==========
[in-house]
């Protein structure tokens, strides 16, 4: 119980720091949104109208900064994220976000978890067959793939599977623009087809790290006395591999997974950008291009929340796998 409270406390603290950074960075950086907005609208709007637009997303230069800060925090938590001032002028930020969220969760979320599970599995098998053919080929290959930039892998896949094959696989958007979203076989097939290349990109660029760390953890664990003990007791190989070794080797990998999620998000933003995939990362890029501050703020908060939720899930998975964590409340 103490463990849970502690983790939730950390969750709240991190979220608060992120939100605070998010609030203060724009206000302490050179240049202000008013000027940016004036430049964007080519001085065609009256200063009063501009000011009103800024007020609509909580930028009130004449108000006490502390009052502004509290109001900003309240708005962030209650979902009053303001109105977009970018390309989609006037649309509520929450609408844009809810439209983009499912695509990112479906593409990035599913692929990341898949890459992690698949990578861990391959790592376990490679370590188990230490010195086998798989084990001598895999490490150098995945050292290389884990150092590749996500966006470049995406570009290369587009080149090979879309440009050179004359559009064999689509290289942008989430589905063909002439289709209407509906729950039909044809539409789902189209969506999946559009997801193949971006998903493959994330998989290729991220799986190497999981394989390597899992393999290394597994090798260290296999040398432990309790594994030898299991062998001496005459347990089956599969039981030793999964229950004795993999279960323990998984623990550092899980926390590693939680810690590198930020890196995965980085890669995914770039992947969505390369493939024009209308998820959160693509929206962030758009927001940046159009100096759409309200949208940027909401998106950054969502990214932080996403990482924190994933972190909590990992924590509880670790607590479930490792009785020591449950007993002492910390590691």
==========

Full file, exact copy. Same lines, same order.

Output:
[in-house]
């Protein structure tokens, strides 16, 4: 119980720091949104109208900064994220976000978890067959793939599977623009087809790290006395591999997974950008291009929340796998 409270406390603290950074960075950086907005609208709007637009997303230069800060925090938590001032002028930020969220969760979320599970599995098998053919080929290959930039892998896949094959696989958007979203076989097939290349990109660029760390953890664990003990007791190989070794080797990998999620998000933003995939990362890029501050703020908060939720899930998975964590409340 103490463990849970502690983790939730950390969750709240991190979220608060992120939100605070998010609030203060724009206000302490050179240049202000008013000027940016004036430049964007080519001085065609009256200063009063501009000011009103800024007020609509909580930028009130004449108000006490502390009052502004509290109001900003309240708005962030209650979902009053303001109105977009970018390309989609006037649309509520929450609408844009809810439209983009499912695509990112479906593409990035599913692929990341898949890459992690698949990578861990391959790592376990490679370590188990230490010195086998798989084990001598895999490490150098995945050292290389884990150092590749996500966006470049995406570009290369587009080149090979879309440009050179004359559009064999689509290289942008989430589905063909002439289709209407509906729950039909044809539409789902189209969506999946559009997801193949971006998903493959994330998989290729991220799986190497999981394989390597899992393999290394597994090798260290296999040398432990309790594994030898299991062998001496005459347990089956599969039981030793999964229950004795993999279960323990998984623990550092899980926390590693939680810690590198930020890196995965980085890669995914770039992947969505390369493939024009209308998820959160693509929206962030758009927001940046159009100096759409309200949208940027909401998106950054969502990214932080996403990482924190994933972190909590990992924590509880670790607590479930490792009785020591449950007993002492910390590691």